I don’t want someone else to stand where I stood two years ago. Someone who spent her childhood rote-learning and walking blindfolded along the path someone else sent her along. Someone who regrets her educational upbringing on entering the real world; someone who spends many nights crying because there will always be a long list of things she has read, but very little she’s gotten out of it. I don’t want someone to get depressed just because she hates herself for spending her 20 years of her life in a system that didn’t teach her to think, and for not being able to think critically even after she realizes its importance.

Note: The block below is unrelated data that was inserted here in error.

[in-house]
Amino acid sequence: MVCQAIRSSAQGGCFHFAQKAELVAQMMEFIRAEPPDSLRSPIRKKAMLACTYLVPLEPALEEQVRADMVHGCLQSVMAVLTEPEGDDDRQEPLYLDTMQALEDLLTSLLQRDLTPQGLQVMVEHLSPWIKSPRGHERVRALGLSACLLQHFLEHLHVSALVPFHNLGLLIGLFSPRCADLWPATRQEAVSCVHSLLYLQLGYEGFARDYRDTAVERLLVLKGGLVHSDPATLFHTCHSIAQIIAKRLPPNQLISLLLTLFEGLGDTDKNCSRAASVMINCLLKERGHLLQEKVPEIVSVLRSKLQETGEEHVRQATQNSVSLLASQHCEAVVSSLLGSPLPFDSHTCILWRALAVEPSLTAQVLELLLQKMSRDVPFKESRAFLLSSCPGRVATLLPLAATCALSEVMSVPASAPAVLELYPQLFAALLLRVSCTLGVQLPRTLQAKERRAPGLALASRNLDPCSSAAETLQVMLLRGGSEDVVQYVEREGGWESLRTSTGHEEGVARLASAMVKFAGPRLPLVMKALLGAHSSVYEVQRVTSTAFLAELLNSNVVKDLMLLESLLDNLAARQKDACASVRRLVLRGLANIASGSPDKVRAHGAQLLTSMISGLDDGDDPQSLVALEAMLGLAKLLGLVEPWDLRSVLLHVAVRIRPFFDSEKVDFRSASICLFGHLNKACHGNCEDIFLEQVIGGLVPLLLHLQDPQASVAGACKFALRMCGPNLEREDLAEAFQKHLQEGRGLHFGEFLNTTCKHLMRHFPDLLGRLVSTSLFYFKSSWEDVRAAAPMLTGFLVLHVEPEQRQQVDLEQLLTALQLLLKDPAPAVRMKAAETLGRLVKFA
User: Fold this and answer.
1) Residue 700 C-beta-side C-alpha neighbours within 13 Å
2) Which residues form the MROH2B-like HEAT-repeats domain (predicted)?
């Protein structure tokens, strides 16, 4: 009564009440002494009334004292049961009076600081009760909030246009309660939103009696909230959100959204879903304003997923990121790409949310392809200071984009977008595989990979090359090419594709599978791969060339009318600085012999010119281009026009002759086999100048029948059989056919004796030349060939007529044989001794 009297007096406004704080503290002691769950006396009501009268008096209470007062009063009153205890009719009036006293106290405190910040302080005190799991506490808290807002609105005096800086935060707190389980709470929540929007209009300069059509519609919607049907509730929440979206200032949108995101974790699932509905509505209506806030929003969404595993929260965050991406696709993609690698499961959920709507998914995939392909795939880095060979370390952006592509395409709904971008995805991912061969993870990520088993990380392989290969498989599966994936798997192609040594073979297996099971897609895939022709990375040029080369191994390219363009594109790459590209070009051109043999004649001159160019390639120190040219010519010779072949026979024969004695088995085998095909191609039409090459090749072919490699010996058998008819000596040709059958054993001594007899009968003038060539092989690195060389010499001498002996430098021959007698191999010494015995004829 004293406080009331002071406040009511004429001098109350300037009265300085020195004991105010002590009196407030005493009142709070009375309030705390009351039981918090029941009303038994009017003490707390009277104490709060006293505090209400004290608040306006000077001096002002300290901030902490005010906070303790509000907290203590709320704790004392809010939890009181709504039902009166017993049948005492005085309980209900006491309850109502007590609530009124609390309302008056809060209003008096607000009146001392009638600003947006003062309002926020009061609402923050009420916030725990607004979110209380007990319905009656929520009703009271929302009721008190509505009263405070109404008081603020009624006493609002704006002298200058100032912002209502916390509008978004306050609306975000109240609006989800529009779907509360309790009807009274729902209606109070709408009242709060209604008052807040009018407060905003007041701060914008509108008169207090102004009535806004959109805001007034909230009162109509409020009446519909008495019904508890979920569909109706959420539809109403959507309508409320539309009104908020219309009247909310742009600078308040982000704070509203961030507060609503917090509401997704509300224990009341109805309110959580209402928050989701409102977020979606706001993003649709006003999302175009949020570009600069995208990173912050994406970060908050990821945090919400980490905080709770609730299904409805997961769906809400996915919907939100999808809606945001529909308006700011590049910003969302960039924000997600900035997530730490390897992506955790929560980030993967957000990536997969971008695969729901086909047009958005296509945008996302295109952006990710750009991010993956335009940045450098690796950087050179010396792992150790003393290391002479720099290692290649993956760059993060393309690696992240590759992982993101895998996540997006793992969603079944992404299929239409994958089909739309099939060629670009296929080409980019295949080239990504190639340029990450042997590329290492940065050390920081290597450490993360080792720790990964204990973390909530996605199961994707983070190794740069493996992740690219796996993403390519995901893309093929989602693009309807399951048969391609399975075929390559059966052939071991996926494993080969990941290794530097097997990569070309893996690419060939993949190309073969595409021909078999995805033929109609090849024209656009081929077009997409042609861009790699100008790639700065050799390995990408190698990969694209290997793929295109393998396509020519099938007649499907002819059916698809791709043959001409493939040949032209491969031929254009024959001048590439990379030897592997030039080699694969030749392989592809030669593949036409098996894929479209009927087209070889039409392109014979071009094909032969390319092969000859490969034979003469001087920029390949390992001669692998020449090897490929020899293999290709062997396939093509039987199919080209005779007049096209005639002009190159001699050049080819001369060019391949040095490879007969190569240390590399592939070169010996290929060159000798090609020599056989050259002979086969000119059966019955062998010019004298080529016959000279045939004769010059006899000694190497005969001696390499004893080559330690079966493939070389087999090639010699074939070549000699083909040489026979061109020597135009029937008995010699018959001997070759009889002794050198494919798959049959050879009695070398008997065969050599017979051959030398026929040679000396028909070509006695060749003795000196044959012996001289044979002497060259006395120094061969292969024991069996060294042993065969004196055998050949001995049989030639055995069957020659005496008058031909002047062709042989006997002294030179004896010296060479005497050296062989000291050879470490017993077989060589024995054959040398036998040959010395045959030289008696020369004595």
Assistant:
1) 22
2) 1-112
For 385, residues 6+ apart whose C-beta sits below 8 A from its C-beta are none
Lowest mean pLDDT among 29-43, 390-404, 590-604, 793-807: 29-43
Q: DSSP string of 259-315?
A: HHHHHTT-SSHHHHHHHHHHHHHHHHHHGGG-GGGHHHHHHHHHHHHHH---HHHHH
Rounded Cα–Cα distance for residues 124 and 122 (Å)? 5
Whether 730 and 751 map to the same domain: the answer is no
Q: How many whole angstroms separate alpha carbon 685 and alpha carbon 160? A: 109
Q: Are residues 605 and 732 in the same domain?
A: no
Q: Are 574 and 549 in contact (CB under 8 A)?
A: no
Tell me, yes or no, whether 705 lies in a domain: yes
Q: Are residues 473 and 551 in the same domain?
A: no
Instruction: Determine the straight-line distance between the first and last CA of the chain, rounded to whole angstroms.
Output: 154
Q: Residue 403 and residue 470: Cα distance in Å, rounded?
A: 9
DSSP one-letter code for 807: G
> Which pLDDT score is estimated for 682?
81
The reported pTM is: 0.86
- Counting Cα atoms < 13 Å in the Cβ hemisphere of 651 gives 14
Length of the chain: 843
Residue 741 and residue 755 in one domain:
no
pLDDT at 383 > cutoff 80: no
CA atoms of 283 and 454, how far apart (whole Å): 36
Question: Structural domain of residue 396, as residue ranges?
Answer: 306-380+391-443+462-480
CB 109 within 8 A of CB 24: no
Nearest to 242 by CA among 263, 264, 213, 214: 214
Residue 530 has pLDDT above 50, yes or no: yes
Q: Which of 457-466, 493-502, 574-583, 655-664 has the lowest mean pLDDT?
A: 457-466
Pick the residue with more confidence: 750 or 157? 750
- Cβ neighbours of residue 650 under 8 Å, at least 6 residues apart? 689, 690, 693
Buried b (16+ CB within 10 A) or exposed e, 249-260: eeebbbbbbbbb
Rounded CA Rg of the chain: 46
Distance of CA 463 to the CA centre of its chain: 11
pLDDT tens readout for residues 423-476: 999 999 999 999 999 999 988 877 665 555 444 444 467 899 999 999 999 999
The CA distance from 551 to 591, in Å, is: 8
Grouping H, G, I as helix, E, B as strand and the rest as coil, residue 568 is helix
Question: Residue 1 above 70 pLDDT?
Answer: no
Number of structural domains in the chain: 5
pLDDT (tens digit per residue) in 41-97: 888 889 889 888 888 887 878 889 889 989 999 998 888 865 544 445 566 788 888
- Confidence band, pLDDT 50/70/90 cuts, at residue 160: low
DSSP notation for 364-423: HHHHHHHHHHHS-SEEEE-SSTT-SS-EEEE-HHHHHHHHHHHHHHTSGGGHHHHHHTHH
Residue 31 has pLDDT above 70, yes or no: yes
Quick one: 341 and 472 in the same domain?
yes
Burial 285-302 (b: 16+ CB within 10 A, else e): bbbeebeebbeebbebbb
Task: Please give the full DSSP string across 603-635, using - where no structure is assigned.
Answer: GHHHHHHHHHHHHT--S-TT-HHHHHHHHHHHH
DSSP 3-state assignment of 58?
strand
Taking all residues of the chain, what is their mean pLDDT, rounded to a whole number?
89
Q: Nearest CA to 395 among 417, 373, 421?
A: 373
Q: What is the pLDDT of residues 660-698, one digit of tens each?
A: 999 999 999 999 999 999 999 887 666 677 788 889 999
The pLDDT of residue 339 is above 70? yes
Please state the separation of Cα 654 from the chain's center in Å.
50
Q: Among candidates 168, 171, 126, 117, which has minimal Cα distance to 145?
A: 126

Most importantly, I don’t want them to think doctors and engineers are the only ones living respectable, happy lives. Students should feel free to explore their interests and make career plans accordingly. No student deserves to be caged in someone else’s thoughts. What we learn and who we are should be because that’s what we want it to be, not because someone said it’s right and we should do it. I want every fledging poet to be able to proudly recite their poetry, and receive encouragement to keep writing.
Nisha Karki is a poet, writer, a spoken word poetry instructor and a Language and Arts instructor at the U.S. Embassy’s Book Bus.